back to article Ten digital radios to suit all budgets

After a slow start, digital radio might finally be getting somewhere. More people are buying DAB radios, coverage is increasing and, digital stations account for a growing share of the radio audience, according to the stats [PDF]. The BBC’s four main exclusively digital radio stations, for instance, reach a combined total of …

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FM degrades gracefully as signal strength goes down

You don't understand what that means do you? Although weirdly you do describe it perfectly well...

Incidentally, I live in a town, on a good day I can get exactly 1 radio station on my DAB radio, on a bad day I get fewer. It is now permanently on FM because quite frankly I have better things to do than piss around with something that works worse than the thing it's supposed to replace. It's like the Swordfish and the Albacore all over again...

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FAIL

Shops don't have transmitters?

The big department stores certainly do have low power relays - somewhat different from broadcast transmitters - especially if the audio department is in the basement, otherwise tey'd be completely stuffed.

"A failing DAB signal just mutes. If your receiver allows you to hear the burbles, it's either wrongly calibrated or you've deliberately turned off the muting to give yourself something to moan about."

I think I'd have something to moan about either way, and with justification. I'd rather have a bit of noise than no sound at all because the receiver can't recognise enough 0s and 1s to reliably convert to analogue.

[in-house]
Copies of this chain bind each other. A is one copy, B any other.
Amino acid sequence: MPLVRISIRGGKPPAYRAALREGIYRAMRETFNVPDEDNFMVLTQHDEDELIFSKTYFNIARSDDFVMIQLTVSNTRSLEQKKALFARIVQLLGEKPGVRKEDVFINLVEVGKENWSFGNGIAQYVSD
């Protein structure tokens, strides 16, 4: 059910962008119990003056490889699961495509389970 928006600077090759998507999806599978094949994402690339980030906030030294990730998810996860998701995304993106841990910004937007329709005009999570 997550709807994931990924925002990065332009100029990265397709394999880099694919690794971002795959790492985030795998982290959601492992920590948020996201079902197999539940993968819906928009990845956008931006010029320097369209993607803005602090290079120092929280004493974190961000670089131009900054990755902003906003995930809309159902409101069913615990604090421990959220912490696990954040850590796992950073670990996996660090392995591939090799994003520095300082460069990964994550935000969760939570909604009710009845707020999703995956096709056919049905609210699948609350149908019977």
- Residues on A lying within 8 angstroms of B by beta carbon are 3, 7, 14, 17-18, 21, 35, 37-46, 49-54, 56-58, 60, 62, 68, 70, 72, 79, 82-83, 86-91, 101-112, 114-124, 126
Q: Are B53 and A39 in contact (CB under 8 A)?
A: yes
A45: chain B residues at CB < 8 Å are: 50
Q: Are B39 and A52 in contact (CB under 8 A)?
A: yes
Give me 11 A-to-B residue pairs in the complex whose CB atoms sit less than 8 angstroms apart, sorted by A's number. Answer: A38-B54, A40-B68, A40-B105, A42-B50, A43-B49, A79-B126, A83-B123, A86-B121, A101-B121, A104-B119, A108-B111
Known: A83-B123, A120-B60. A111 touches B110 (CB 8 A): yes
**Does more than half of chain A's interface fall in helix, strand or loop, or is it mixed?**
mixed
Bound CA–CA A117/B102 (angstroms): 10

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@AlbertH

I do deliberately turn off the muting. As I listen to non-music stations while driving (mainly Radio 4 and Radio 4 Extra) I prefer to have some chance of hearing what is being said through the burbles rather than having it chop the audio right at the point of the punchline of a joke or a critical response to a well asked question.

I agree with the OP when he says that FM degrades more gracefully. In a poor reception area, I can make more sense of a poor FM signal than I can of a DAB one.

I would prefer to hear it all of course, and I find that DAB reception here in the heart of the Westcountry is diabolically bad, even close to the largest towns and cities in the region. Within 5 miles of Exeter, I can find completely dead spots where you cannot get DAB reception at all. That's not in the sticks, that should be like any suburban location.

On the subject of living out in the sticks, you can take a running jump. You are just jealous of the fresh air we breathe, the green spaces we have available on our doorsteps, and the spectacular sights that you have forgotten. Unlike the Internet where distance is a problem, radio is a medium that could and should be country wide.

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Anonymous Coward

"As a broadcaster"

How do you find the time to fit in a busy PC security business too?

http://forums.reghardware.com/post/1520493

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"they have low powered DAB transmitters in the shops

No they don't. Do you have the slightest notion of how much even a basic DAB transmitter costs? As a broadcaster, I can tell you. Shops are not going to install >£50k of DAB transmitting gear just to fool mugs like you into buying DAB radios."